But what if I don’t have $17 million? What if I only have $17,000? Or $1,700? How does the average person make leverage work for her? (This is one of the interview questions I submitted to Kiyosaki — I still haven’t received a reply.)
Financial IQ #5: Improving Your Financial Information
Warren Buffett is the most successful investor of all time, yet he never takes a gamble. Buffett (and his partner, Charlie Munger) conduct extensive research for every decision they make. Before they buy a company, they want to know everything about it. Obtaining this information allows them to invest with confidence.
By contrast, I’ve made some really dumb investments. I’ve purchased stocks on the hope that they would increase. These sorts of decisions are not based on information — they’re based on emotion.
In order to improve your financial information, it’s important to:
- Separate fact from opinion. Many gurus are happy to offer their opinions — “gold is going up!” — but it’s foolish to make financial decisions based on these. Base your decisions on facts.
- Verify information. Don’t trust just one source of information, but seek confirmation from other parties.
- Know the rules. If you don’t understand how an investment works, don’t make it. “Rules provide a valuable source of information about how the game of money is played,” Kiyosaki writes.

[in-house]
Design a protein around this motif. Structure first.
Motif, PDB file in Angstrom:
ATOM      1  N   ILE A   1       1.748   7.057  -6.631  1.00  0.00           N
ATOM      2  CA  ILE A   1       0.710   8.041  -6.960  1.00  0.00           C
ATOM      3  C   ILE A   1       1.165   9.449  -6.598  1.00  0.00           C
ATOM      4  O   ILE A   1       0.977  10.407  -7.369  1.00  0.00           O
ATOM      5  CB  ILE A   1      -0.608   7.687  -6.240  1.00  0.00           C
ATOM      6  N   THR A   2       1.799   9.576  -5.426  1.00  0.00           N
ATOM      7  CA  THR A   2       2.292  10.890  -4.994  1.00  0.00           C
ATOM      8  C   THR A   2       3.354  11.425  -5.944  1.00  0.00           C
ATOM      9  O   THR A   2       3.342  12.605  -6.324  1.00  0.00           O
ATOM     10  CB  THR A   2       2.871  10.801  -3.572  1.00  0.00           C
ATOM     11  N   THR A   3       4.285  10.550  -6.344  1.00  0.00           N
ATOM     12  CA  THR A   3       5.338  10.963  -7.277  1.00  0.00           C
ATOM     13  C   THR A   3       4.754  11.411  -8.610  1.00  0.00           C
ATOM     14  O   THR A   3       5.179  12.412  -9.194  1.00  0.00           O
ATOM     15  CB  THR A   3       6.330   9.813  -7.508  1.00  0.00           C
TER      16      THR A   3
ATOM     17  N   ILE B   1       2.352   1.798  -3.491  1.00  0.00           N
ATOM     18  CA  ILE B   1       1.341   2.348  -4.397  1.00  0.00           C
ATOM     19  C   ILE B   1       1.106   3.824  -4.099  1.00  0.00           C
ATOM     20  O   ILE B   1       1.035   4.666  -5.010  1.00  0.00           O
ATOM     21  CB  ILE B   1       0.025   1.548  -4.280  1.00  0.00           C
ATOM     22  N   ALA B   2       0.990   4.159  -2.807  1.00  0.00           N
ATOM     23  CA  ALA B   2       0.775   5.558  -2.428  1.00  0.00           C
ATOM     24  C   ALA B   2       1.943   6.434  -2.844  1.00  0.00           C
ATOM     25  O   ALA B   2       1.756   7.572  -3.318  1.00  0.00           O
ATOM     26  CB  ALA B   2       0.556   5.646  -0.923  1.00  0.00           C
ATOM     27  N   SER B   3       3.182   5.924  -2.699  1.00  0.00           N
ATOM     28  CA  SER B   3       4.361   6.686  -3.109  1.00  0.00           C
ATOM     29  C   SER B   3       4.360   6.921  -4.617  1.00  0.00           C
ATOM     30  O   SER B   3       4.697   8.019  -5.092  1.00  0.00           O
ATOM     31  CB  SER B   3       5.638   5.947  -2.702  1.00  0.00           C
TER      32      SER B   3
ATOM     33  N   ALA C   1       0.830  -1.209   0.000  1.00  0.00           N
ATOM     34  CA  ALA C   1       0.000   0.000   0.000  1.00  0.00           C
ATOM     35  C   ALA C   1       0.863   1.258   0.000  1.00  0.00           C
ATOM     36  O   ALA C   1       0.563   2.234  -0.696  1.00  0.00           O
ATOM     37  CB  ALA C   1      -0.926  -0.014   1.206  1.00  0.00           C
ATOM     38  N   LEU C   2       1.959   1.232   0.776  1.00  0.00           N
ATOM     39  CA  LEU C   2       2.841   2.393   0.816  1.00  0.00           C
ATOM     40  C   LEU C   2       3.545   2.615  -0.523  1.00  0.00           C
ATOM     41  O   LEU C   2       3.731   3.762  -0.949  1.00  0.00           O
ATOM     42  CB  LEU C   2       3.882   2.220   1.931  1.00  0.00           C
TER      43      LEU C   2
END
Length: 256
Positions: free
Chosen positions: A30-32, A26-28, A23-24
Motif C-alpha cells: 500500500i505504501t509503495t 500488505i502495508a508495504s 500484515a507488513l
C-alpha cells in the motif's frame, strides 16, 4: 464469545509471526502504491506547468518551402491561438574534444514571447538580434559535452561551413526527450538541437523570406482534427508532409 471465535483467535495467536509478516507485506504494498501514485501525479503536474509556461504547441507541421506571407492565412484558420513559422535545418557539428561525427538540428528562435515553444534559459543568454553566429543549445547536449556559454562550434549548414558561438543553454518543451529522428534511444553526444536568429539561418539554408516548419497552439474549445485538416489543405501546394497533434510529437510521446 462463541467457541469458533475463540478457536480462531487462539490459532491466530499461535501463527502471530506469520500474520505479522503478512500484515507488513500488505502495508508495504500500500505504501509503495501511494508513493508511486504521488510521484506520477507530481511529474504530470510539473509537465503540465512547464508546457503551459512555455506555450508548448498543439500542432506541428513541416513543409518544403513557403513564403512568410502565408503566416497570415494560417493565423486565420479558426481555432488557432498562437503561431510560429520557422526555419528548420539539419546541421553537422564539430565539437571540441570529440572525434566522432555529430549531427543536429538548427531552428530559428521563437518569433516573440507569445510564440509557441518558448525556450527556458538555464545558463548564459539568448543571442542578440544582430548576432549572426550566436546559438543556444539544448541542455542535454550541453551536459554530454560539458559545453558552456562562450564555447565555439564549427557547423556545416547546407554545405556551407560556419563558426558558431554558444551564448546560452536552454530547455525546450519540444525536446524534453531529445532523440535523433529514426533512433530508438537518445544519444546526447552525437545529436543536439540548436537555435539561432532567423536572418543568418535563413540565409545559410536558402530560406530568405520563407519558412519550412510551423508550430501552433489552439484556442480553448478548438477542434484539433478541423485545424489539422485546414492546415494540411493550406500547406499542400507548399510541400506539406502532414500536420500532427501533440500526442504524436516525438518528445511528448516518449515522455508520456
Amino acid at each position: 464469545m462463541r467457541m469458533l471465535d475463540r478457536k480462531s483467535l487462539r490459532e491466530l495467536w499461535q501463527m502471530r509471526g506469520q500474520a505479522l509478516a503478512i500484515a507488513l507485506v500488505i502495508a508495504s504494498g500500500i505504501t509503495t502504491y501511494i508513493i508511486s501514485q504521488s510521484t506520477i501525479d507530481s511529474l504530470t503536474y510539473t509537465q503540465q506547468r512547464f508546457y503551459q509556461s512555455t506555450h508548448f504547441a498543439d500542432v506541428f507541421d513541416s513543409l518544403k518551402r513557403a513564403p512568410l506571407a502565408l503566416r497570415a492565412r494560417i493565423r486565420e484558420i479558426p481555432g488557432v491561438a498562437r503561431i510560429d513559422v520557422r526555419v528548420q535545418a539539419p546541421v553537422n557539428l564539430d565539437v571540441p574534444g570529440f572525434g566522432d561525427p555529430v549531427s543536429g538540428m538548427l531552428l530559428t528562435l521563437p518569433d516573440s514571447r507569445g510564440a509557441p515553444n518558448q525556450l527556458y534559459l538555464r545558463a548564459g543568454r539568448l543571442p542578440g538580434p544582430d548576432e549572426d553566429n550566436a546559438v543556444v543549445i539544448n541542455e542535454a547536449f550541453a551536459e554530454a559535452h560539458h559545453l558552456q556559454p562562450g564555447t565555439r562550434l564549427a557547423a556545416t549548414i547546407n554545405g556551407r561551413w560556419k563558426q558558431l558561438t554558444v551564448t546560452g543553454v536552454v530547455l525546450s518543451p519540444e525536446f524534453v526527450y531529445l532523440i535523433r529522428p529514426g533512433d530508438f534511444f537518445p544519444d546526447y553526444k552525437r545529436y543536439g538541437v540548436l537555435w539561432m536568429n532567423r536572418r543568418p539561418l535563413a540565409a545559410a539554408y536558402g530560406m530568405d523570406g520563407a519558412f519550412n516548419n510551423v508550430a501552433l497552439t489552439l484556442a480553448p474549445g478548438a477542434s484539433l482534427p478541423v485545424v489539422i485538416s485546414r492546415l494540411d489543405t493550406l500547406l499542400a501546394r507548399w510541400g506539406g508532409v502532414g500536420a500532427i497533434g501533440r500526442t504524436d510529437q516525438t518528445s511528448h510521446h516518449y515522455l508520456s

- Understand trends. Trends are historical facts. Smart investors can use trends to make informed decisions. However, it’s important to note that trends do not project to future facts — only to opinions about possible futures. Still, trends are valuable sources of financial information.
“Ultimately,” Kiyosaki writes, “it is not the asset that makes you rich. Information makes you rich.”
Developing Your Financial Genius
Though an overview of the five Financial IQs forms the bulk of this 200 page book, it’s actually the last fifty pages that hold the most value. It is in these three chapters that Kiyosaki discusses “the integrity of money” and explains how to develop your financial genius.
He offers interesting recommendations, such as the importance of producing personal financial statements. He writes about bringing your financial actions in line with your beliefs. He writes about the psychology of money, giving special attention to fear of failure. He writes about the power of financial environments. If you want to become richer and more successful, he says, it becomes critical that you find an environment that allows you to grow and develop.
I like the idea of Rich Dad’s Increase Your Financial IQ. The book fills a niche about which little has been written. It’s motivational. I love Kiyosaki’s Big Ideas. They’re a breath of fresh air, offering a perspective often missing in personal finance discussion. I also like that his writing always motivates me to action, pushing me to pursue my goals.